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Grafts in myringoplasty : utilizing a silk fibroin scaffold as a novel device

journal contribution
posted on 01.01.2009, 00:00 authored by B Levin, Rangam RajkhowaRangam Rajkhowa, S Redmond, M Atlas
Chronic perforations of the eardrum or tympanic membrane represent a significant source of morbidity worldwide. Myringoplasty is the operative repair of a perforated tympanic membrane and is a procedure commonly performed by otolaryngologists. Its purpose is to close the tympanic membrane, improve hearing and limit patient susceptibility to middle ear infections. The success rates of the different surgical techniques used to perform a myringoplasty, and the optimal graft materials to achieve complete closure and restore hearing, vary significantly in the literature. A number of autologous tissues, homografts and synthetic materials are described as graft options. With the advent and development of tissue engineering in the last decade, a number of biomaterials have been studied and attempts have been made to mimic biological functions with these materials. Fibroin, a core structural protein in silk from silkworms, has been widely studied with biomedical applications in mind. Several cell types, including keratinocytes, have grown on silk biomaterials, and scaffolds manufactured from silk have successfully been used in wound healing and for tissue engineering purposes. This review focuses on the current available grafts for myringoplasty and their limitations, and examines the biomechanical properties of silk, assessing the potential benefits of a silk fibroin scaffold as a novel device for use as a graft in myringoplasty surgery.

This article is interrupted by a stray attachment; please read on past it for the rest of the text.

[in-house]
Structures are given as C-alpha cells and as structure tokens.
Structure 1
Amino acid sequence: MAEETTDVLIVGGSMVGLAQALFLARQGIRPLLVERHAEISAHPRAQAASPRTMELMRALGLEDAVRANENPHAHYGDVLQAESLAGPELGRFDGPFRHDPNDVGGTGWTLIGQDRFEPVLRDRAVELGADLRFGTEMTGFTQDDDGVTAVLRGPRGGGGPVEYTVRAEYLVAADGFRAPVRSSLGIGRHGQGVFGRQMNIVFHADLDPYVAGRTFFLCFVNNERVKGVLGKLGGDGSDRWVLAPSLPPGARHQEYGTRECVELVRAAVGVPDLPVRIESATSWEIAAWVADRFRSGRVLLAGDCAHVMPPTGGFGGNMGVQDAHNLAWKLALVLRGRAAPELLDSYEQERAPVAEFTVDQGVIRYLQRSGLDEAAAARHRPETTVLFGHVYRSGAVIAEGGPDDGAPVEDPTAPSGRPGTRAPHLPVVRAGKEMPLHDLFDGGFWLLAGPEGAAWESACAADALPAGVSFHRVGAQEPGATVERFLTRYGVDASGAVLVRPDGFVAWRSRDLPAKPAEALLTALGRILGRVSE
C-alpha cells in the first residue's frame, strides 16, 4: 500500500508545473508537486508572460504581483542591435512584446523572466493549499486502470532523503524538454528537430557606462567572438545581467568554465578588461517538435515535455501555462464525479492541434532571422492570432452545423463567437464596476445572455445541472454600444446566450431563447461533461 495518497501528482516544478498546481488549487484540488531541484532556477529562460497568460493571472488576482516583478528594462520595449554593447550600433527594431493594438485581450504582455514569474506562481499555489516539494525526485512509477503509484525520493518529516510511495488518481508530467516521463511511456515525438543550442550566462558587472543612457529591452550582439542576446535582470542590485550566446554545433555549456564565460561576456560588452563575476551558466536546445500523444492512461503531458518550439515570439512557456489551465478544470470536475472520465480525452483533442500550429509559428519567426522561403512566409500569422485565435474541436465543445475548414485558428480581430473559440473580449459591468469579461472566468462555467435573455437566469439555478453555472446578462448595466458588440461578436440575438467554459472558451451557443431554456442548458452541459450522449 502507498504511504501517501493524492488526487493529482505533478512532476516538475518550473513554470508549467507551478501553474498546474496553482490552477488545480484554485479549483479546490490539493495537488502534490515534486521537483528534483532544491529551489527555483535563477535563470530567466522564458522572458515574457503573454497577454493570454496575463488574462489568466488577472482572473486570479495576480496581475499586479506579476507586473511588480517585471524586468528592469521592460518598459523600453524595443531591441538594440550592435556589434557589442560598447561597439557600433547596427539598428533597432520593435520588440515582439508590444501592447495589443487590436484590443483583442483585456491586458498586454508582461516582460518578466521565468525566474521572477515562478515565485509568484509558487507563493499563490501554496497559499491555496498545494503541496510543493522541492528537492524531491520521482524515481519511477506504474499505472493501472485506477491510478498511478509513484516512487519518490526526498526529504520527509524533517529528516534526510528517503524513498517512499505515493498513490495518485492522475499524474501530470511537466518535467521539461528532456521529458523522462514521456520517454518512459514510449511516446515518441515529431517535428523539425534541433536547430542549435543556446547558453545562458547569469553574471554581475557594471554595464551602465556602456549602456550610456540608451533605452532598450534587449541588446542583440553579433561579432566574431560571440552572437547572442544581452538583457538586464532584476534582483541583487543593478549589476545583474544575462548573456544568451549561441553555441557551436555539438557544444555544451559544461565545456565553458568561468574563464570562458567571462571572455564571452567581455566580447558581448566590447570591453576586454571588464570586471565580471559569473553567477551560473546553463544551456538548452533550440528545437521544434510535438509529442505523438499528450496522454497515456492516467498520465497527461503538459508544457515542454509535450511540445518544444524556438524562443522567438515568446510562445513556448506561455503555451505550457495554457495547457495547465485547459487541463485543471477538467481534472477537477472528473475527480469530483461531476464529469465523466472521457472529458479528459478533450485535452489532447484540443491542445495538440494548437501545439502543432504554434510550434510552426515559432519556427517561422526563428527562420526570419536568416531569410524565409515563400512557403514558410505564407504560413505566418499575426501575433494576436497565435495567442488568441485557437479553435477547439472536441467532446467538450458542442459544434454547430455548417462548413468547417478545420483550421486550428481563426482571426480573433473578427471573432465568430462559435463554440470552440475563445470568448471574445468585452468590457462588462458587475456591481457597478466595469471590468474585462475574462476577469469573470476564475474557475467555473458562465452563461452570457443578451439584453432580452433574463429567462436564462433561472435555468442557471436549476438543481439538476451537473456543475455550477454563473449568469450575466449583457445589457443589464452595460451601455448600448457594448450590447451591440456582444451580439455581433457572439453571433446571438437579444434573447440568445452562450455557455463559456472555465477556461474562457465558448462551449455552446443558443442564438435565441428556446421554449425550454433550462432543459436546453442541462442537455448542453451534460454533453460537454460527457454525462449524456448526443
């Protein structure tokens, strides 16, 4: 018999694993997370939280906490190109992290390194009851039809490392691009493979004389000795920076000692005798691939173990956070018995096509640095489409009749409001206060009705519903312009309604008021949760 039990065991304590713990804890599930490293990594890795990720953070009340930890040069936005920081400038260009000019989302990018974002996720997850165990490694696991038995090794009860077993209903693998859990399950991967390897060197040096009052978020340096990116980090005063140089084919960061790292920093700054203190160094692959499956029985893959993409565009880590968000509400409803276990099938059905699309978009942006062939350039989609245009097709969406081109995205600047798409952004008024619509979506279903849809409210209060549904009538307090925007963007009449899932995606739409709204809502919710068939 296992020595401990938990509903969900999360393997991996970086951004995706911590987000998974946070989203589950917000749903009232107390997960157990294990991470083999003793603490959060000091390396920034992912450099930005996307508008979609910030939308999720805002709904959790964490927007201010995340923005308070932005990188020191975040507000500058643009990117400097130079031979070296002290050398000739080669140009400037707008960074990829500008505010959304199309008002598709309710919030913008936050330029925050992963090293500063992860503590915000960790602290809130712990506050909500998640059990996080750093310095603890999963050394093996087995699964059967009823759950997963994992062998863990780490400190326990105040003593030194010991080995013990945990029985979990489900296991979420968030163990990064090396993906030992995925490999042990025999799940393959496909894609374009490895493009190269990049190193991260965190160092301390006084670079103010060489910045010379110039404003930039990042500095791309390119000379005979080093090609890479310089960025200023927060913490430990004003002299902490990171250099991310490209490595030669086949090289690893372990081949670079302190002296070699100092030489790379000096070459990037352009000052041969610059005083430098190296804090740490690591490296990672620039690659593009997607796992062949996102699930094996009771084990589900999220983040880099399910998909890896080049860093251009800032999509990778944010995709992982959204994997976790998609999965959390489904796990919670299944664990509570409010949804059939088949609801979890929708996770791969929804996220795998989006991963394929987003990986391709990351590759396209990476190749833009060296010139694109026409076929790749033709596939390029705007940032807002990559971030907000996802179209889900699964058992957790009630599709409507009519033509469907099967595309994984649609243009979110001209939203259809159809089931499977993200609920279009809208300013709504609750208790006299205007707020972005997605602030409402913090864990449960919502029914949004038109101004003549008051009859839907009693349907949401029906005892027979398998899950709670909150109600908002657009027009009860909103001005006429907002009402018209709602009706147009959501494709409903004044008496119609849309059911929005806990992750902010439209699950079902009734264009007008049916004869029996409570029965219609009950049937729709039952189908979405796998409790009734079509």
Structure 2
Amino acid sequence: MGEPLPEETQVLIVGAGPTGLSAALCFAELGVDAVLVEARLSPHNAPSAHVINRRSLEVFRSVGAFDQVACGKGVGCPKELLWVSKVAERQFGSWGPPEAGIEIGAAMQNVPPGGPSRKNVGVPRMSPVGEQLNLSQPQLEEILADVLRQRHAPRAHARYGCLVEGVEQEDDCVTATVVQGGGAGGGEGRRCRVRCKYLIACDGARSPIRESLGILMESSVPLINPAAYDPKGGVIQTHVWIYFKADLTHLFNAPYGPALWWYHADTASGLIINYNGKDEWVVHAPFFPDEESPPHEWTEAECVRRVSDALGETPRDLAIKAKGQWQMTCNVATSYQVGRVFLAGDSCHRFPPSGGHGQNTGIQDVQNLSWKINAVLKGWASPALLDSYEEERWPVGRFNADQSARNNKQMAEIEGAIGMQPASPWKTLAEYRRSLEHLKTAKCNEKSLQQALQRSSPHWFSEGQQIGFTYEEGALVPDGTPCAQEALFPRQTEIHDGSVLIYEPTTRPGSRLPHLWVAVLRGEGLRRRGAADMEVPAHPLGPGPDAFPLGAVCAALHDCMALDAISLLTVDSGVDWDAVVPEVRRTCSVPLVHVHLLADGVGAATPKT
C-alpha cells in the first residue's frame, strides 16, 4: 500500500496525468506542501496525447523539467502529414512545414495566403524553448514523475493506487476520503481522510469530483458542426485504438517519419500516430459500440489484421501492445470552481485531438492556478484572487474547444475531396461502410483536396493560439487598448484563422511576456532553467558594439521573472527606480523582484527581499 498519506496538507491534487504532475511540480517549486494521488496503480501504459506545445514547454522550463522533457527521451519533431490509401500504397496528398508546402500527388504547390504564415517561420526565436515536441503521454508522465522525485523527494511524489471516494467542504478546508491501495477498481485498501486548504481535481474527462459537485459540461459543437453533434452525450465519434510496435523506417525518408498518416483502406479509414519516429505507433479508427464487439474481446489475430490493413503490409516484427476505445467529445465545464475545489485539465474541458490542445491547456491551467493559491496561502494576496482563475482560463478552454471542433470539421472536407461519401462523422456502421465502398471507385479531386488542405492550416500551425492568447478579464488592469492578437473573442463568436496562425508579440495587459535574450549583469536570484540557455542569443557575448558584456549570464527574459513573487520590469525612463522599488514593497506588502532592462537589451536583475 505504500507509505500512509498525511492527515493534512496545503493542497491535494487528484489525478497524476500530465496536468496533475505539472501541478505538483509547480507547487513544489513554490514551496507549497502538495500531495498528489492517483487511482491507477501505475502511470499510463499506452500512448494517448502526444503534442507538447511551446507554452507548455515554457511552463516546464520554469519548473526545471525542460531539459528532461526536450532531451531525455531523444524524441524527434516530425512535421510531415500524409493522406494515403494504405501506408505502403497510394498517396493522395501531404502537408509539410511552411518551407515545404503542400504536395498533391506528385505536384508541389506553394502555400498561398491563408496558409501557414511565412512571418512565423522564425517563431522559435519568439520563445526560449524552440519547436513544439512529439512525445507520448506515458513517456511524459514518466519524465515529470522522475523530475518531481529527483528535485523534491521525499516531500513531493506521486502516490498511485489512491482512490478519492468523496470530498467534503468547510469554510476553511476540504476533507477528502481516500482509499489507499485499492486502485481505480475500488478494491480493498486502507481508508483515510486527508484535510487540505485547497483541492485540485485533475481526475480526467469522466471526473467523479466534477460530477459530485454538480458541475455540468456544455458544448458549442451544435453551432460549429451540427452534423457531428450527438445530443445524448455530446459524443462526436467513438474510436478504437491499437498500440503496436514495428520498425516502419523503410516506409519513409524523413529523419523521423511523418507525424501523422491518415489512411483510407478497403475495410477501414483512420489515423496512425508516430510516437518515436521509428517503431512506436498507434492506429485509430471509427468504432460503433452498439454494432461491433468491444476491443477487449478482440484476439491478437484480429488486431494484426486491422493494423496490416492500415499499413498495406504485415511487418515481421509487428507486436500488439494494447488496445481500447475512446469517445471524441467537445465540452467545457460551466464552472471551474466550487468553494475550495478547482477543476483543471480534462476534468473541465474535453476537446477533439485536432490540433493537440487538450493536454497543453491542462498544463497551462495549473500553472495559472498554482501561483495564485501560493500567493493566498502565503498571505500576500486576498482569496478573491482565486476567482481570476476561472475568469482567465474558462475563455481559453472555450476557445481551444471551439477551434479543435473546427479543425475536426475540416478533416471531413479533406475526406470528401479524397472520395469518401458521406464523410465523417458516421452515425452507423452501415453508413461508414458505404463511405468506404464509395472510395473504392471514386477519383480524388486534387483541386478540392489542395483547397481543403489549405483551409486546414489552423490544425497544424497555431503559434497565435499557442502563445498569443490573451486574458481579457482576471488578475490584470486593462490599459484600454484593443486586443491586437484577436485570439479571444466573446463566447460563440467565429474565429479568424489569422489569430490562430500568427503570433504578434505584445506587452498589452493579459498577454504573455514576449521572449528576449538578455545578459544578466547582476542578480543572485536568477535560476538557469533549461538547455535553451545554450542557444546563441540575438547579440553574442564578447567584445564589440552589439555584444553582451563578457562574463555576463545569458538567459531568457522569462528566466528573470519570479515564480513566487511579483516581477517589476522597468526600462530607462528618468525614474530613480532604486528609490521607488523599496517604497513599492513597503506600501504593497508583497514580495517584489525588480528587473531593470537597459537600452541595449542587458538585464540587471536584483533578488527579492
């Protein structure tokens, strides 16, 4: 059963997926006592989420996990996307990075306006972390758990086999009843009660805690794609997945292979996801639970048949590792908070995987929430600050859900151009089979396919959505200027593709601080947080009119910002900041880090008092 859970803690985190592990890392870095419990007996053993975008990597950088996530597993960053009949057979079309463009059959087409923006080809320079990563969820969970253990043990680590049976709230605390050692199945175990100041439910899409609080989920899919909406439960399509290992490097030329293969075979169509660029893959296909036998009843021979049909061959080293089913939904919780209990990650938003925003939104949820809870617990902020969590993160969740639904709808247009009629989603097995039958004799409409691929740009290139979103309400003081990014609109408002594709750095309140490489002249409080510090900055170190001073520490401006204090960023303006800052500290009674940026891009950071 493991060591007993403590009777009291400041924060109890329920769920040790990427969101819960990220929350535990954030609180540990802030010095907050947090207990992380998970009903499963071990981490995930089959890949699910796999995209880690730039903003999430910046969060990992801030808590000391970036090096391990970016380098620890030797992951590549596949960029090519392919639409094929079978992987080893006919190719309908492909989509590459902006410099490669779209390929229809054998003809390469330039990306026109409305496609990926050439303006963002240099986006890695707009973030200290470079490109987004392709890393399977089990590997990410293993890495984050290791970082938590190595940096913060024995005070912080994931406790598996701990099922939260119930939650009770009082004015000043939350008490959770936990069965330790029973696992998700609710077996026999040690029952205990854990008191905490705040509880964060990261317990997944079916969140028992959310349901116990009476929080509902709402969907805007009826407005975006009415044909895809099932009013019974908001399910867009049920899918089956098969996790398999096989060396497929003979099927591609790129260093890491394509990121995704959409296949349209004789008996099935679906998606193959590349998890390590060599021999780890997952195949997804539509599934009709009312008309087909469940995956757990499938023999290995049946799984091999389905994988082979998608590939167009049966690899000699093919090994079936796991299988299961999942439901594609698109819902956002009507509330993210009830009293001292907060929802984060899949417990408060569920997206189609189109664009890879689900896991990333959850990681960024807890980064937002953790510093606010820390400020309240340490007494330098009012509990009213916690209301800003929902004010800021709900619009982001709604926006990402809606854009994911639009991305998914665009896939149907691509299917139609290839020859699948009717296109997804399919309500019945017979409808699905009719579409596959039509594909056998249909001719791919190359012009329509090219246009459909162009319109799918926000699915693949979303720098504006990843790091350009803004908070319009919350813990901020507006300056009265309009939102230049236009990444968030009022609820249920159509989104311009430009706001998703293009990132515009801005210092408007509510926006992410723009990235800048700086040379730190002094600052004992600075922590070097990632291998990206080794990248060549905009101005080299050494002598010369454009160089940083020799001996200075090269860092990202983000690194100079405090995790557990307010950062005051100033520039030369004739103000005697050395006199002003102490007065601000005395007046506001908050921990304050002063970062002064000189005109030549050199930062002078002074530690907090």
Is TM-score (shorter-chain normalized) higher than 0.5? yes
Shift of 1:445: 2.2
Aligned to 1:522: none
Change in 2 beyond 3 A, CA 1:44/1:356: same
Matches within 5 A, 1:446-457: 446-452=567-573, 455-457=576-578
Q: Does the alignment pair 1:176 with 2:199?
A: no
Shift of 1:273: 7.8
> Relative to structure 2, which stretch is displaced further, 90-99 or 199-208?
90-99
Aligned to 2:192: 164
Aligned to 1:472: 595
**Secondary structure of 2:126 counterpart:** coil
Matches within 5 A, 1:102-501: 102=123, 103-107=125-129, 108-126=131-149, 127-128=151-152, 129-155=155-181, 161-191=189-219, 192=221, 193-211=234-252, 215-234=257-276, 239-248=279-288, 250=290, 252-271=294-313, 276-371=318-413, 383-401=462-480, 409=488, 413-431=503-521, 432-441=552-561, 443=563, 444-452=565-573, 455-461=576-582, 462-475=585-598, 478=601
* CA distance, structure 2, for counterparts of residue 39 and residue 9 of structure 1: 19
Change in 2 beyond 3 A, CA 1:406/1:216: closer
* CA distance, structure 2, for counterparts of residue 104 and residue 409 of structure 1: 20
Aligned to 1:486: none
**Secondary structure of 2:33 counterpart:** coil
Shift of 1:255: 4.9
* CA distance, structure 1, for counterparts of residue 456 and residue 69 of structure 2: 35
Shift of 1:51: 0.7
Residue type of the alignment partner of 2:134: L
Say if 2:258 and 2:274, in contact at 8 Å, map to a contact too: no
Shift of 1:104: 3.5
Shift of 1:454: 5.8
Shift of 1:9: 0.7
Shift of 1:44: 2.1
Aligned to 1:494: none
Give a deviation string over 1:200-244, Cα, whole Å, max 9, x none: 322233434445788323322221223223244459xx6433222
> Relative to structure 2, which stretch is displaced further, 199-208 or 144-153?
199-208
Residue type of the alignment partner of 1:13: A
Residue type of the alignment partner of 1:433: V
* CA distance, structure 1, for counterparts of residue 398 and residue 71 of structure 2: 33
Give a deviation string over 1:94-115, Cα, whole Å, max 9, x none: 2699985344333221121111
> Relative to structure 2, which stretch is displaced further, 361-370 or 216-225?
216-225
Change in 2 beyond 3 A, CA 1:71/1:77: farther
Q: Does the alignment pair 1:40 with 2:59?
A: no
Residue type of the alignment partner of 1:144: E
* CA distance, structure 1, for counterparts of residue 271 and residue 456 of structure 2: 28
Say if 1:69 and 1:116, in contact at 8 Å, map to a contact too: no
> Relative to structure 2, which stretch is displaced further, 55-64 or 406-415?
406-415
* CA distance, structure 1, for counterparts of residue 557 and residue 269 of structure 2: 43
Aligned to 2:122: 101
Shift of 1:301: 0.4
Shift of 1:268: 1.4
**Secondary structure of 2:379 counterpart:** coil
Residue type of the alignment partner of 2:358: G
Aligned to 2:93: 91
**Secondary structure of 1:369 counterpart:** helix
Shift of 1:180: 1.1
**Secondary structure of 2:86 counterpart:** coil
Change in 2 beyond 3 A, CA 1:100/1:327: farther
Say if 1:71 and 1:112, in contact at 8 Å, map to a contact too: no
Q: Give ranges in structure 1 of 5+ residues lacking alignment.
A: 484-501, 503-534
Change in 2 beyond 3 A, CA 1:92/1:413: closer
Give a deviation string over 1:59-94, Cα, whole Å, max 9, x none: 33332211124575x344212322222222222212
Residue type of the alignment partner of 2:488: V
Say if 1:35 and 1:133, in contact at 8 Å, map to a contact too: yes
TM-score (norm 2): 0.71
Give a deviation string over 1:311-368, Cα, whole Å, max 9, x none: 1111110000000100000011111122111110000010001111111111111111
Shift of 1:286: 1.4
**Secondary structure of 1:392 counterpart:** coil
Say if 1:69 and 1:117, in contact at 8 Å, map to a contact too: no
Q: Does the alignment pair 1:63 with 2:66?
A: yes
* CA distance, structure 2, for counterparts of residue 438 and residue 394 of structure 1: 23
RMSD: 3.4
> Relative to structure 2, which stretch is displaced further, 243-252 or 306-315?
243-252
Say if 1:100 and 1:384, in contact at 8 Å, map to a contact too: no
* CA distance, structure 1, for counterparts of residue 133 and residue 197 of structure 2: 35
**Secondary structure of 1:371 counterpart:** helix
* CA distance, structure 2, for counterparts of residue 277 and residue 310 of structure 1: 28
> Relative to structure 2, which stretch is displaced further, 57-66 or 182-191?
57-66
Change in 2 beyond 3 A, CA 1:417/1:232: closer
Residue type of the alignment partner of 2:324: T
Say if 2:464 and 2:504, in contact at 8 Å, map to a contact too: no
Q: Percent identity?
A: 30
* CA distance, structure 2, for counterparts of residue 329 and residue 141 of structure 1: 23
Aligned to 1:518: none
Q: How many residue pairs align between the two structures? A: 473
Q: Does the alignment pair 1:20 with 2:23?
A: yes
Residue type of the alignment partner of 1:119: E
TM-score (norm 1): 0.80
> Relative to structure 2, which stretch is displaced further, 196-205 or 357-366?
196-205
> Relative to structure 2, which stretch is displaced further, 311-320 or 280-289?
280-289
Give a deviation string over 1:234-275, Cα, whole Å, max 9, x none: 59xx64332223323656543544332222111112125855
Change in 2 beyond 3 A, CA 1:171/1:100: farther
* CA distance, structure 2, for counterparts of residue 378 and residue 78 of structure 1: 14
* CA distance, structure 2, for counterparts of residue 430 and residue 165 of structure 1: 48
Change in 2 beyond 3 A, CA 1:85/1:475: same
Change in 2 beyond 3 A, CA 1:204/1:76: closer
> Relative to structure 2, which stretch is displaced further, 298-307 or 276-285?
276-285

History

Journal

Expert review of medical devices

Volume

6

Issue

6

Pagination

653 - 664

Publisher

Expert Reviews Ltd.

Location

London, England

ISSN

1743-4440

eISSN

1745-2422

Language

eng

Publication classification

C1 Refereed article in a scholarly journal

Copyright notice

2009, Expert Reviews